By the spring of 2010 mortality data demonstrated that swine flu had been less lethal than feared and case death rates compared favourably with previous influenza pandemics,6 accounting for less than 500 deaths in the UK.7 The large disparity between predicted and actual rates became apparent and rendered a mass vaccination programme unnecessary, leaving the government with millions of doses of surplus vaccines (http://news.bbc.co.uk/1/hi/8448080.stm). This lead commentators to speculate whether we were ‘now entering the recrimination phase searching for scapegoats…’8 and to question the role that the WHO, pharmaceutical companies, scientists, the government and the media had played in ‘over-hyping the pandemic’.7 9 10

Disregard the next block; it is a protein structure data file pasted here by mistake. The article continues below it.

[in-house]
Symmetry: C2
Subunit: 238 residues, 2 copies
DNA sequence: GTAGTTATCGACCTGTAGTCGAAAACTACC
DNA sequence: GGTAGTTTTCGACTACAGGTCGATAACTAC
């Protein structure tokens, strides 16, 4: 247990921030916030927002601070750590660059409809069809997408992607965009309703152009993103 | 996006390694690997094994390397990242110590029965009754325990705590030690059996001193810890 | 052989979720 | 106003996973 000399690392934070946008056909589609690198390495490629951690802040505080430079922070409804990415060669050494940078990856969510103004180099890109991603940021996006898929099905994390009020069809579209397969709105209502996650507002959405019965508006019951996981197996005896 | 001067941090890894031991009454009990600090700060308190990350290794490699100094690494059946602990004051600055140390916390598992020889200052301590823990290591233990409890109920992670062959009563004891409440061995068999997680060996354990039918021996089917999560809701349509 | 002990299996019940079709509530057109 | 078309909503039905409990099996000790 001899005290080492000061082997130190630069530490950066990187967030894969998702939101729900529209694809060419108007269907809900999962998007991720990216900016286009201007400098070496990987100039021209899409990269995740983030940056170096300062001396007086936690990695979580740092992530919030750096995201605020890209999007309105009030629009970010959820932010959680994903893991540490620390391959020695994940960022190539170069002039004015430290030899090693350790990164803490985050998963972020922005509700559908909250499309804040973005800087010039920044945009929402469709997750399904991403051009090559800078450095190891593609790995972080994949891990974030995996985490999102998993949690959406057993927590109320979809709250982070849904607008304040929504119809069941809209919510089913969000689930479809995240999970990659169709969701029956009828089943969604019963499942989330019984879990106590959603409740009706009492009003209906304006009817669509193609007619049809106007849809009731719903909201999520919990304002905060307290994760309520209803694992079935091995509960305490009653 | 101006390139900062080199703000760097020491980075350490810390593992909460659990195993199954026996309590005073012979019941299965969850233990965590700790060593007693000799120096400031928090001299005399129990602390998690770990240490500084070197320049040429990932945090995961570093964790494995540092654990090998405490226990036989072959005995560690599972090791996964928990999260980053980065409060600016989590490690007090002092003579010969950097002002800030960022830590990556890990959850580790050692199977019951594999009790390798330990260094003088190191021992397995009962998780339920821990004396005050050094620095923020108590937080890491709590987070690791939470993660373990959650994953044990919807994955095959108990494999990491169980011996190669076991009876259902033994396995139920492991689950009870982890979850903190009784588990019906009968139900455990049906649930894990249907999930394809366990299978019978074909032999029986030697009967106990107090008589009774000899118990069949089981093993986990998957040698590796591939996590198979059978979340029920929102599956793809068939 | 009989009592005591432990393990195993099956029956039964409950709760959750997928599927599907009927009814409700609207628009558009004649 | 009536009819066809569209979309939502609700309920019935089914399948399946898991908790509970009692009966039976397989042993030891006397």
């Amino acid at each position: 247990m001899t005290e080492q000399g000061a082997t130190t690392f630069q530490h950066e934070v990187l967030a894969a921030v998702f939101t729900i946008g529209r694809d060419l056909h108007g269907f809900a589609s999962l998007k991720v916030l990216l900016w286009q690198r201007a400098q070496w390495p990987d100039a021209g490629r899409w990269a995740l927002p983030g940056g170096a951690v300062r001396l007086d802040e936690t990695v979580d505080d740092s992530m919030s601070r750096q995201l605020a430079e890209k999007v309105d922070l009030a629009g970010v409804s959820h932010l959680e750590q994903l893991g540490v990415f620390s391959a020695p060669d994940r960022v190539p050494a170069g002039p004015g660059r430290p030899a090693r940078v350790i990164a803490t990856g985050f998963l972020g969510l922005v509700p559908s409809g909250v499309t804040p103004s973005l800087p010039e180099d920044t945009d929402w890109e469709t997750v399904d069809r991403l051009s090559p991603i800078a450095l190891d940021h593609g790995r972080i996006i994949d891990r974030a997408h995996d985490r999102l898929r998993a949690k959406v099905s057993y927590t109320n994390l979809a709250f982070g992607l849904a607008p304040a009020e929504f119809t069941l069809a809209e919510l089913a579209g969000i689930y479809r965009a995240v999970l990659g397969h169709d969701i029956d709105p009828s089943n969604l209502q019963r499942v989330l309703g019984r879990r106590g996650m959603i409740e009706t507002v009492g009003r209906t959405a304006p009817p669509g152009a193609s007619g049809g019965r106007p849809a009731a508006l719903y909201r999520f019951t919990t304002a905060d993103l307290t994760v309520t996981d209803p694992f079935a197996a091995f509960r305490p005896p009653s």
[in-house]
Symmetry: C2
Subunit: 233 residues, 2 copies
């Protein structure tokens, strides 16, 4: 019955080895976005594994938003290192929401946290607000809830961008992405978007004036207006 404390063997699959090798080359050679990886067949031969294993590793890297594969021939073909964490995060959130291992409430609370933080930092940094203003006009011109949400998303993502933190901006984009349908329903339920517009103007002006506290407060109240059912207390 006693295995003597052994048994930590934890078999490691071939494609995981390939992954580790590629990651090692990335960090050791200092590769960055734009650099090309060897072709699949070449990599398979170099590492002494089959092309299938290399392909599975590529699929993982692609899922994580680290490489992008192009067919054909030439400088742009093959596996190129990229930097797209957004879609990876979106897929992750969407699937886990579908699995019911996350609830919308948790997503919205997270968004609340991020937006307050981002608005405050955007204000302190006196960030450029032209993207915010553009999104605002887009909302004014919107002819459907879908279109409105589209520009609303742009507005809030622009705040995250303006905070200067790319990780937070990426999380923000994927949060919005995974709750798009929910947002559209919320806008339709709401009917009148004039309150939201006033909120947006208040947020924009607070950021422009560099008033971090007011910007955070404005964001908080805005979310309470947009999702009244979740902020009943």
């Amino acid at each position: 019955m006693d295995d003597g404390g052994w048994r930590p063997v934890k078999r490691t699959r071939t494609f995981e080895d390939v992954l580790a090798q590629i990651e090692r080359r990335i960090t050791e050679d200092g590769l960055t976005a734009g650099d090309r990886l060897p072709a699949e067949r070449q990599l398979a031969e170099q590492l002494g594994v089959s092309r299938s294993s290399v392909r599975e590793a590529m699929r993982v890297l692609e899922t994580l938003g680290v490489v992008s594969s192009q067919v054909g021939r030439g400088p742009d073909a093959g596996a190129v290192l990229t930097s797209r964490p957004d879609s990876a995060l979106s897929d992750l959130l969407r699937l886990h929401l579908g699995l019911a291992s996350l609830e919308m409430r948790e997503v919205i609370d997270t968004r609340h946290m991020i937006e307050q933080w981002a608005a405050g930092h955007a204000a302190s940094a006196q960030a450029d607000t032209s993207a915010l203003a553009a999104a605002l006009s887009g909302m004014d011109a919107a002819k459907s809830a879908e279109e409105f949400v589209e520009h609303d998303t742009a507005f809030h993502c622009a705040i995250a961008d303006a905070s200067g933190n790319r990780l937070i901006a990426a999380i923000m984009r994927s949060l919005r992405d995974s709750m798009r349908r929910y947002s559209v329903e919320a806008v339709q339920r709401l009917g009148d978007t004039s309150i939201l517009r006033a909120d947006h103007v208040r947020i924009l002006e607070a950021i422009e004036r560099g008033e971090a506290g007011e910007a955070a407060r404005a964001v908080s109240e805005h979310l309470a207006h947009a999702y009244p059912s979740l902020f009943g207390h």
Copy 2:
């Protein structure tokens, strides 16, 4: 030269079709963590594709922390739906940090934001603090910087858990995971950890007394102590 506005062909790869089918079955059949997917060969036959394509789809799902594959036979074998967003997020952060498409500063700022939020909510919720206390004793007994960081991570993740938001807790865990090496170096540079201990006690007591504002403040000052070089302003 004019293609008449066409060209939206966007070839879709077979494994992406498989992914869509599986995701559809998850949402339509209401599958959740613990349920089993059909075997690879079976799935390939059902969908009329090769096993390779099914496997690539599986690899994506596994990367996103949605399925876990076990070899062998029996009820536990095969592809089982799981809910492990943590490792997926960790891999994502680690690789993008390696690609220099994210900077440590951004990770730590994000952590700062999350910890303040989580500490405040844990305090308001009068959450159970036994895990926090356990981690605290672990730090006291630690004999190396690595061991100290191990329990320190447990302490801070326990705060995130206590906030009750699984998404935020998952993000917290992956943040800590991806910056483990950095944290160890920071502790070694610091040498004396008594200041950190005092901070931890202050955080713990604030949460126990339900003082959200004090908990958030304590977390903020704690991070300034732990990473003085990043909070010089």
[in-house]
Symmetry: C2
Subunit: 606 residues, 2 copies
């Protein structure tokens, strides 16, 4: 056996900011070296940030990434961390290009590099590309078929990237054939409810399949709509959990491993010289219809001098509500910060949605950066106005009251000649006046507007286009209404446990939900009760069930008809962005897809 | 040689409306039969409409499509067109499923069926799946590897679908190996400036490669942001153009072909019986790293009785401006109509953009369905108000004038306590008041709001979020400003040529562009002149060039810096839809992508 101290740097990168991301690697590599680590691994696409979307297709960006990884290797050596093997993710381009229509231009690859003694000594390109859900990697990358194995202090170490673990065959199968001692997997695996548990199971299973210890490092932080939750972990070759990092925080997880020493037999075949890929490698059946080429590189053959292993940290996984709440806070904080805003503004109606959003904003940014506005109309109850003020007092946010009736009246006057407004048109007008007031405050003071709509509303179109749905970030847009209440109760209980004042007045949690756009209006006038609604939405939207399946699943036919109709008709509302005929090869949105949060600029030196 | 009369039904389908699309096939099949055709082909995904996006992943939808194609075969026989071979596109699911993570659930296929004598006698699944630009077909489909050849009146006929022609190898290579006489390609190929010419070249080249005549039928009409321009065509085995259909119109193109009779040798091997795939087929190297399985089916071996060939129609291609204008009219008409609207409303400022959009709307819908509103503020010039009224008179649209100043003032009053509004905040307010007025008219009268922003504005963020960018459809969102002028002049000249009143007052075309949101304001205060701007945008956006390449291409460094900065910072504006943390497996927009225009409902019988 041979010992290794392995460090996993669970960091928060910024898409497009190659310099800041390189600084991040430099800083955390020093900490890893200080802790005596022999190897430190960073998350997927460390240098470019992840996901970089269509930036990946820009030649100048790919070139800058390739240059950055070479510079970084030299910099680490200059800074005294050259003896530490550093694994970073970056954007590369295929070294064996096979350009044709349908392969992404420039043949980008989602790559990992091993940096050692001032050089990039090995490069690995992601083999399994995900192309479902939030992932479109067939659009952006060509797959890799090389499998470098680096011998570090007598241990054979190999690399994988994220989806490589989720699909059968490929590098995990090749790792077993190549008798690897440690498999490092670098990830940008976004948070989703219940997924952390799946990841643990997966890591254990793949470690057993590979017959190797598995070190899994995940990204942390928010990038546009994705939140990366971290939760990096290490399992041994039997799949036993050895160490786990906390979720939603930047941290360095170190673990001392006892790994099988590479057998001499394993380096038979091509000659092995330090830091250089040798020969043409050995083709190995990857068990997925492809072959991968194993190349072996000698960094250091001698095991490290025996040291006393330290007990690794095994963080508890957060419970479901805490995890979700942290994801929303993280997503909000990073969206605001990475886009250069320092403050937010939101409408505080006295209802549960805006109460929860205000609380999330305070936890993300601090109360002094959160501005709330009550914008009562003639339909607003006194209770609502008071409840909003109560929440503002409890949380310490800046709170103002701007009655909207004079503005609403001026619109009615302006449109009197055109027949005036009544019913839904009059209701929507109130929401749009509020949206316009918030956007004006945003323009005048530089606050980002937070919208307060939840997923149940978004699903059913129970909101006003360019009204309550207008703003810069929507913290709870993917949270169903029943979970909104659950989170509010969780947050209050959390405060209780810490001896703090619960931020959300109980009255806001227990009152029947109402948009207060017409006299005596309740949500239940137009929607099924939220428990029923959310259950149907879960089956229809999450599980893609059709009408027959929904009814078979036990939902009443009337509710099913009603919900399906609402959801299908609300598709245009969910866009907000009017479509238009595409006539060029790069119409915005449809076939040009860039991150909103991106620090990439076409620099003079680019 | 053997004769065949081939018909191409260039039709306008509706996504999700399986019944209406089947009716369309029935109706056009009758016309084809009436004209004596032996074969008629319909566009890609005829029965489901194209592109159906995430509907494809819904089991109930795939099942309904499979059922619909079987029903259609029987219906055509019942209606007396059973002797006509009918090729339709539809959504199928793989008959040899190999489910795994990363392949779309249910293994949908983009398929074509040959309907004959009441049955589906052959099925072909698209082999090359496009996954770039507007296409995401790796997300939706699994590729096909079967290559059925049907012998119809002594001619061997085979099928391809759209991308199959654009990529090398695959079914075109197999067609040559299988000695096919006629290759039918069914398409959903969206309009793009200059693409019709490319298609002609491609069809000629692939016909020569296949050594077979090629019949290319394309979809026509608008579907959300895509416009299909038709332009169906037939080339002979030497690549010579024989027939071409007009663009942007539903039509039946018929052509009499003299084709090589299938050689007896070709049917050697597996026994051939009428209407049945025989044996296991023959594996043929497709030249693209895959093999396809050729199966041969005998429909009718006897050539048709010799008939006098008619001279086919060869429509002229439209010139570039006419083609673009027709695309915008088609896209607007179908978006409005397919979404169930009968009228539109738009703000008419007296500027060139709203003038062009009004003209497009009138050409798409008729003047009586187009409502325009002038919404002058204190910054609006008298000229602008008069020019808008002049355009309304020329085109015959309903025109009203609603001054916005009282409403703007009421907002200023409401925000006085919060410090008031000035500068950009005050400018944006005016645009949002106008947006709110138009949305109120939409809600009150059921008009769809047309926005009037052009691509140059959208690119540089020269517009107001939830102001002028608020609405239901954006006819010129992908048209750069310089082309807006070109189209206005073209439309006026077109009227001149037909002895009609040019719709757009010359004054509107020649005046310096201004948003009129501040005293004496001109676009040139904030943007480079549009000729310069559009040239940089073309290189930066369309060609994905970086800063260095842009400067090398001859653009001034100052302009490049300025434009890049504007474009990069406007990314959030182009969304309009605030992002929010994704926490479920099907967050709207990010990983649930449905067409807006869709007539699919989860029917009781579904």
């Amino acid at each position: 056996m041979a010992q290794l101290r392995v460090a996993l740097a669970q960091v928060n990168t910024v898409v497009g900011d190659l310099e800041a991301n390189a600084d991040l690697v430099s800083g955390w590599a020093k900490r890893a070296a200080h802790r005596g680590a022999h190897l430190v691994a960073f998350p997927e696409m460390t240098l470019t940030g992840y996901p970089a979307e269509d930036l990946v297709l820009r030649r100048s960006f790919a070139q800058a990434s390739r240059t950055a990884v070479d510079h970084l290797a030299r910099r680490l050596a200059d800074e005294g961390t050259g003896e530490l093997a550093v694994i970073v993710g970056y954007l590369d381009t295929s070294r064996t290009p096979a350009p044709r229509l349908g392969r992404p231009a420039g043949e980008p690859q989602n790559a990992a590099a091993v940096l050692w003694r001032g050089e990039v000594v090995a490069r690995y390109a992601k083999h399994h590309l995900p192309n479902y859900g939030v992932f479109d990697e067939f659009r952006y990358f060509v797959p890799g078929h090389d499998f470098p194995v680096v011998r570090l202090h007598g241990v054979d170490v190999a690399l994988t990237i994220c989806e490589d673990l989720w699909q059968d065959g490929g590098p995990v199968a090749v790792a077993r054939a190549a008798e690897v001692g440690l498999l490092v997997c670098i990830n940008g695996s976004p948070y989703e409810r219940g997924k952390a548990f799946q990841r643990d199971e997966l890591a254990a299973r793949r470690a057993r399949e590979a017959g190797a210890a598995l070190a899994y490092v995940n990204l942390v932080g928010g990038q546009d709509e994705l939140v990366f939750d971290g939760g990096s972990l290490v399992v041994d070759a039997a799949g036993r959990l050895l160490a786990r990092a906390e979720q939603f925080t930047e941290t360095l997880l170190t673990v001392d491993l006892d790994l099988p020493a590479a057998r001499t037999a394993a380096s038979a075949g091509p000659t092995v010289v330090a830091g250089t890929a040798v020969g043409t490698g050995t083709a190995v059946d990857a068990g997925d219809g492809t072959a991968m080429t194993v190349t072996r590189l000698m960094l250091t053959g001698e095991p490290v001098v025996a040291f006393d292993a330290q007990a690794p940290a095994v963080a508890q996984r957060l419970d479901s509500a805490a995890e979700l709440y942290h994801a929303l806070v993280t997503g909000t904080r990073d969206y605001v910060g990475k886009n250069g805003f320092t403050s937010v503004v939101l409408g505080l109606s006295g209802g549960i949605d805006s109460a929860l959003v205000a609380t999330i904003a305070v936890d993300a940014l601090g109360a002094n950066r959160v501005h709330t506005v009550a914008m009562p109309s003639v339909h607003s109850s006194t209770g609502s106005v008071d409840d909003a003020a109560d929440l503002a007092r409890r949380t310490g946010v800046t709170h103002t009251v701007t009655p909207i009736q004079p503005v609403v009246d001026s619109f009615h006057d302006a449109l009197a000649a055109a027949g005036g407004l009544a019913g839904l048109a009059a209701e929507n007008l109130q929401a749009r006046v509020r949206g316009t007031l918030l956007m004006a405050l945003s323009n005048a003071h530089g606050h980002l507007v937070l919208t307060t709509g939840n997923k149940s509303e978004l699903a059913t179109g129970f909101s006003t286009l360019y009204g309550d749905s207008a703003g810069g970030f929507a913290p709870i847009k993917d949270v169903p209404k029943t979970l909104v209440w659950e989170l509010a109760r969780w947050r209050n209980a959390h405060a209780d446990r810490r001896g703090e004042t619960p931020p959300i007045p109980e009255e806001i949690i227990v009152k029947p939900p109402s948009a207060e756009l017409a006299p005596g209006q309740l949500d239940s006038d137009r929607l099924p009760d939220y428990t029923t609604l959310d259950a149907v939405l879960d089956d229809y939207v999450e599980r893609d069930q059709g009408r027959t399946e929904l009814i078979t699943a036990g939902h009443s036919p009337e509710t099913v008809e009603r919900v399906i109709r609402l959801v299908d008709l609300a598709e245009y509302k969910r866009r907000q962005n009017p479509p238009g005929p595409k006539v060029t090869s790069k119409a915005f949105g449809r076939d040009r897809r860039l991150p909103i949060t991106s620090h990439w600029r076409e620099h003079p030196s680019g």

News stories are often constructed to take one perspective or another, to define which issues are viewed as important.11 These perspectives or ‘frames’ influence what is included or excluded from stories and can misrepresent the scientific evidence, as was well demonstrated during the measles, mumps and rubella vaccine (MMR) controversy.12 They can be influential in how people recall and interpret debates about emerging risks13 and health behaviours.14 News coverage of the swine flu pandemic is likely to have influenced public perception and understanding as the media are a key source for health related information.15 The priorities and decisions of policy-makers may also be influenced and altered, at least partly as a result of news representations.16